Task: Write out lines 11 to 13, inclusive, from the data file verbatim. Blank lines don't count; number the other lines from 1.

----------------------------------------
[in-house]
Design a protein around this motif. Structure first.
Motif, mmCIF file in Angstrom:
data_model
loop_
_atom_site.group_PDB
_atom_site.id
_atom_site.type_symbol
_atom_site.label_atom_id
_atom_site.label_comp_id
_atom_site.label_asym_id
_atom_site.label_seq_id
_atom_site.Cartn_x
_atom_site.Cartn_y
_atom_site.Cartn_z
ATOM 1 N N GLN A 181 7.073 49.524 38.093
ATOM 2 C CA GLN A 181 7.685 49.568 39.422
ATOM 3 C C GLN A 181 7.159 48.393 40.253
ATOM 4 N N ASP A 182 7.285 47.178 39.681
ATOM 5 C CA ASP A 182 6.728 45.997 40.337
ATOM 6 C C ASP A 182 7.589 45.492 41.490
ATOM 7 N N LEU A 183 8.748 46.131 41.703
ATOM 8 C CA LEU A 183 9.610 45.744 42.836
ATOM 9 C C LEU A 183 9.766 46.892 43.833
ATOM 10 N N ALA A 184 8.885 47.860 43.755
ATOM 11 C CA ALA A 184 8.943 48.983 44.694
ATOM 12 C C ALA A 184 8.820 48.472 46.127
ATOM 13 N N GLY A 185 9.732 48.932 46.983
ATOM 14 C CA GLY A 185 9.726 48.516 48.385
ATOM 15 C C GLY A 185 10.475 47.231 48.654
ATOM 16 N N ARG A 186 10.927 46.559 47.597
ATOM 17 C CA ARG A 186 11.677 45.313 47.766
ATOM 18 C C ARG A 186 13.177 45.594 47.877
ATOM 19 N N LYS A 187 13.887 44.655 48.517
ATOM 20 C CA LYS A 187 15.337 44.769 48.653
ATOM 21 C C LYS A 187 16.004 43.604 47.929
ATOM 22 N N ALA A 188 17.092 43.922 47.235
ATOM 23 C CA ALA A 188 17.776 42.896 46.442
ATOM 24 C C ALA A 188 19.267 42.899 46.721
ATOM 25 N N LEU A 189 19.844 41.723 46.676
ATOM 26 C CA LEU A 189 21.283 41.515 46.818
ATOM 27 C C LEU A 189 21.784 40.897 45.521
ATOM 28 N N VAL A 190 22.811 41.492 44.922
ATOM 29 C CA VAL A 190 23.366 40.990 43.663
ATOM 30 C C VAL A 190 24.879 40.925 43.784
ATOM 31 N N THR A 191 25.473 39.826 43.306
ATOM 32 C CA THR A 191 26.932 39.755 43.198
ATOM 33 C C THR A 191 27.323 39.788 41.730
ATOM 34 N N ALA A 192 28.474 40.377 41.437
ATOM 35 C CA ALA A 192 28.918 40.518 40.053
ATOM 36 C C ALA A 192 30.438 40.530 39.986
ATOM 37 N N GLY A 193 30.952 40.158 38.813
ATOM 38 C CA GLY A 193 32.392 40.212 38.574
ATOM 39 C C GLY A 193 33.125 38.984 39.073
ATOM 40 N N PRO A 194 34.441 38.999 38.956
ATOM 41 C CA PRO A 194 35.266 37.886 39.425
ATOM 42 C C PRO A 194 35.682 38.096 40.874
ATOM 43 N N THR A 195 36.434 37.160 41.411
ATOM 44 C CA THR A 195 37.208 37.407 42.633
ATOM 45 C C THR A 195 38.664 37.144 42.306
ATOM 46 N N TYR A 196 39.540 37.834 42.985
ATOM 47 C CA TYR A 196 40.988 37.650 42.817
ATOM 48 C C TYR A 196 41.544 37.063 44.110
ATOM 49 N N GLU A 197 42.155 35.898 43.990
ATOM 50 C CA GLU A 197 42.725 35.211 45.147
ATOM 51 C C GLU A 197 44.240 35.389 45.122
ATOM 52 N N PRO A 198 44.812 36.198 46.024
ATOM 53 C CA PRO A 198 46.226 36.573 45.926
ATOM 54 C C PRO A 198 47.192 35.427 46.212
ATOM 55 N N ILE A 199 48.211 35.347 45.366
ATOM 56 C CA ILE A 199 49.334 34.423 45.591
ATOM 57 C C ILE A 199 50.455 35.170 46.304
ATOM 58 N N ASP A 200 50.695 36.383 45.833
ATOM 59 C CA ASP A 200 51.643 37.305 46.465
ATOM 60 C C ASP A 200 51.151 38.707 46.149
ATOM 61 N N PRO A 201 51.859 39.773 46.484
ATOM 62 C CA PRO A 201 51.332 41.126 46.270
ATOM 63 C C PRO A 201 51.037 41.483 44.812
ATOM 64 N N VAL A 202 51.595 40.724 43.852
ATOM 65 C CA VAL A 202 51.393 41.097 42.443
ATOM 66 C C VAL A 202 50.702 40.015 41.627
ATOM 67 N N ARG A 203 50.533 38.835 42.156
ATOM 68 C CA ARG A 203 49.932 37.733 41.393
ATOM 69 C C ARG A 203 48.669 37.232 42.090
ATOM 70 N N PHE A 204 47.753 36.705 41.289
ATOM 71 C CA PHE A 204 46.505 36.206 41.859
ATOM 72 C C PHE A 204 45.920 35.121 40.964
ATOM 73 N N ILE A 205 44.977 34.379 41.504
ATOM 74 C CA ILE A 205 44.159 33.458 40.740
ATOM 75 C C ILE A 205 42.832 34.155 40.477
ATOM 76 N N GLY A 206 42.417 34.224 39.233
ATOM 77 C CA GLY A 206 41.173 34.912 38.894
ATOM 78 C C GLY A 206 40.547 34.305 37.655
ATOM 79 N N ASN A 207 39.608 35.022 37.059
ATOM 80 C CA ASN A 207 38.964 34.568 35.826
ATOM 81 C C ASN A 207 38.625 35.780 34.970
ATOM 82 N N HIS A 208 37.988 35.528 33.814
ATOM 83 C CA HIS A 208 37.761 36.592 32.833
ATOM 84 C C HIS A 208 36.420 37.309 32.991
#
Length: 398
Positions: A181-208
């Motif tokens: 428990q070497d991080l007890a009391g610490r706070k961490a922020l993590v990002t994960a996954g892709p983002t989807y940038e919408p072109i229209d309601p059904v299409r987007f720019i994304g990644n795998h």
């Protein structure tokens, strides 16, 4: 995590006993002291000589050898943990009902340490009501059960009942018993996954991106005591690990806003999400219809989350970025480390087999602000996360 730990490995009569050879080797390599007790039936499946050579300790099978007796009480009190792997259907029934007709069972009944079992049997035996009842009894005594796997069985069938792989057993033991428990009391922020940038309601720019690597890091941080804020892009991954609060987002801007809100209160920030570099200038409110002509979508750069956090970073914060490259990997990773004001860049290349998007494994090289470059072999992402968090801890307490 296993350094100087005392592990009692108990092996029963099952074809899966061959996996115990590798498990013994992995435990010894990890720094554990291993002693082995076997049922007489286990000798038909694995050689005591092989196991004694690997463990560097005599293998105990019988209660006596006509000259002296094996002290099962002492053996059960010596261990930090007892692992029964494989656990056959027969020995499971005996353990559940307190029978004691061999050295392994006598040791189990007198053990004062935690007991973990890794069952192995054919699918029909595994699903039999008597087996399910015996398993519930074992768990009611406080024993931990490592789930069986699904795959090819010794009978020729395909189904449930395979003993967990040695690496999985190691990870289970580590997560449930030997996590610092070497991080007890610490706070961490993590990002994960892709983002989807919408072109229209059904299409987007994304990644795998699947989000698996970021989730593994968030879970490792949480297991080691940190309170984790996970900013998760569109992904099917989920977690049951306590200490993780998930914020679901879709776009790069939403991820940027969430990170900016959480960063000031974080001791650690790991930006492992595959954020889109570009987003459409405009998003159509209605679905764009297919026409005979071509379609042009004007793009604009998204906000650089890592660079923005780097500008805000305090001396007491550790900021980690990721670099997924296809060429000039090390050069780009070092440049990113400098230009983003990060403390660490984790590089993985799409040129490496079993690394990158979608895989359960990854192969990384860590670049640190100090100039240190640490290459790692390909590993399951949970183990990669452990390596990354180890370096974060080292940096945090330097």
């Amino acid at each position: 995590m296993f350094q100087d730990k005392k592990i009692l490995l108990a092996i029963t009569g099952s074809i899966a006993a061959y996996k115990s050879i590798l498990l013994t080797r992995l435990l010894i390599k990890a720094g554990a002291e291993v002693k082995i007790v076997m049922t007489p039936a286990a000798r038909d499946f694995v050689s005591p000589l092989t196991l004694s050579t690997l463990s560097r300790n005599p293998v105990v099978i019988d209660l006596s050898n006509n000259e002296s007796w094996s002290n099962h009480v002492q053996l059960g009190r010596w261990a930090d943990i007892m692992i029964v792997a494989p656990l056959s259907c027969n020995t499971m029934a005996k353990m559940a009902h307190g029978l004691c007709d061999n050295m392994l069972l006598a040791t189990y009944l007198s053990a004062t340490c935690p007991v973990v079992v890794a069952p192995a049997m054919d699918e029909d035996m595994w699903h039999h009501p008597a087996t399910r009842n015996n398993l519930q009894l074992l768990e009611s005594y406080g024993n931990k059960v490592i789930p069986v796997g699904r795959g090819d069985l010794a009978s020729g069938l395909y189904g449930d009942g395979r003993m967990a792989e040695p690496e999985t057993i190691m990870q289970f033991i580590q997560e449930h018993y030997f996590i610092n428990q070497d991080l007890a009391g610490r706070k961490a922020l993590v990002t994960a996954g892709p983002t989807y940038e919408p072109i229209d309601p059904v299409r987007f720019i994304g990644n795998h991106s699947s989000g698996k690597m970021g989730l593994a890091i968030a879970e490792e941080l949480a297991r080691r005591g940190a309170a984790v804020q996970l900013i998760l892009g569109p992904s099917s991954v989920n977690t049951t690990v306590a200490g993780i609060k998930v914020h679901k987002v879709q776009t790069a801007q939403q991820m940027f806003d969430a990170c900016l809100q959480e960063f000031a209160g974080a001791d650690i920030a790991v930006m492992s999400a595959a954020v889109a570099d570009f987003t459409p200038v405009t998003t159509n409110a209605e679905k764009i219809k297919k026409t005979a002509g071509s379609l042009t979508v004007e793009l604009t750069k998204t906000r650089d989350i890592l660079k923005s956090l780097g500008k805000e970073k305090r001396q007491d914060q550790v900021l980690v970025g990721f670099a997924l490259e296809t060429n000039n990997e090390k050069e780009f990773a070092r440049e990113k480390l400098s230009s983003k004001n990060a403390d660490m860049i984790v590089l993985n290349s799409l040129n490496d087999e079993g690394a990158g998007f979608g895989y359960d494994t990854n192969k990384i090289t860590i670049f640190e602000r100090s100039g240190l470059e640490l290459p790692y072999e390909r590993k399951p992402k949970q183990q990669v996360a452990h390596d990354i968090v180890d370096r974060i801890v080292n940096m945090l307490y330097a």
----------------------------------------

_atom_site.label_asym_id
_atom_site.label_seq_id
_atom_site.Cartn_x